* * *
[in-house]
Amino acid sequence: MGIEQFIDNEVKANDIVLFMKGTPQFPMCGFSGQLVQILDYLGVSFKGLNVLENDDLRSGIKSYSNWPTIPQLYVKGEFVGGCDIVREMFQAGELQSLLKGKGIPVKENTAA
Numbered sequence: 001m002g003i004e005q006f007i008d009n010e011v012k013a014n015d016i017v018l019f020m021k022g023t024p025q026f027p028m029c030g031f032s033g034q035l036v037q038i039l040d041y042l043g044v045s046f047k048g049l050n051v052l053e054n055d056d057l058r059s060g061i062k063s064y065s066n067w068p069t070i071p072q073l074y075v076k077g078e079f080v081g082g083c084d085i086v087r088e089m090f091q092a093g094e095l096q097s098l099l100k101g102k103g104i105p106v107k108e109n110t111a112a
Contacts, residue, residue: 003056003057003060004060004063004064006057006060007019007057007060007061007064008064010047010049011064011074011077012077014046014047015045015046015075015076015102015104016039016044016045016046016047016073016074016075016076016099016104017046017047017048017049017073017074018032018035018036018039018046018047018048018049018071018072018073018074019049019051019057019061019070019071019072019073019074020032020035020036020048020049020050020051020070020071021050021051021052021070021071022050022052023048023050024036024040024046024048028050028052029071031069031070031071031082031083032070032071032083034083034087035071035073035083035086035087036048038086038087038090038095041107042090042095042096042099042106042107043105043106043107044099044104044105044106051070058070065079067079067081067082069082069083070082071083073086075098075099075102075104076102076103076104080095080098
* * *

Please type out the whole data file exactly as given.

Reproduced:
[in-house]
Amino acid sequence: MGIEQFIDNEVKANDIVLFMKGTPQFPMCGFSGQLVQILDYLGVSFKGLNVLENDDLRSGIKSYSNWPTIPQLYVKGEFVGGCDIVREMFQAGELQSLLKGKGIPVKENTAA
Numbered sequence: 001m002g003i004e005q006f007i008d009n010e011v012k013a014n015d016i017v018l019f020m021k022g023t024p025q026f027p028m029c030g031f032s033g034q035l036v037q038i039l040d041y042l043g044v045s046f047k048g049l050n051v052l053e054n055d056d057l058r059s060g061i062k063s064y065s066n067w068p069t070i071p072q073l074y075v076k077g078e079f080v081g082g083c084d085i086v087r088e089m090f091q092a093g094e095l096q097s098l099l100k101g102k103g104i105p106v107k108e109n110t111a112a
Contacts, residue, residue: 003056003057003060004060004063004064006057006060007019007057007060007061007064008064010047010049011064011074011077012077014046014047015045015046015075015076015102015104016039016044016045016046016047016073016074016075016076016099016104017046017047017048017049017073017074018032018035018036018039018046018047018048018049018071018072018073018074019049019051019057019061019070019071019072019073019074020032020035020036020048020049020050020051020070020071021050021051021052021070021071022050022052023048023050024036024040024046024048028050028052029071031069031070031071031082031083032070032071032083034083034087035071035073035083035086035087036048038086038087038090038095041107042090042095042096042099042106042107043105043106043107044099044104044105044106051070058070065079067079067081067082069082069083070082071083073086075098075099075102075104076102076103076104080095080098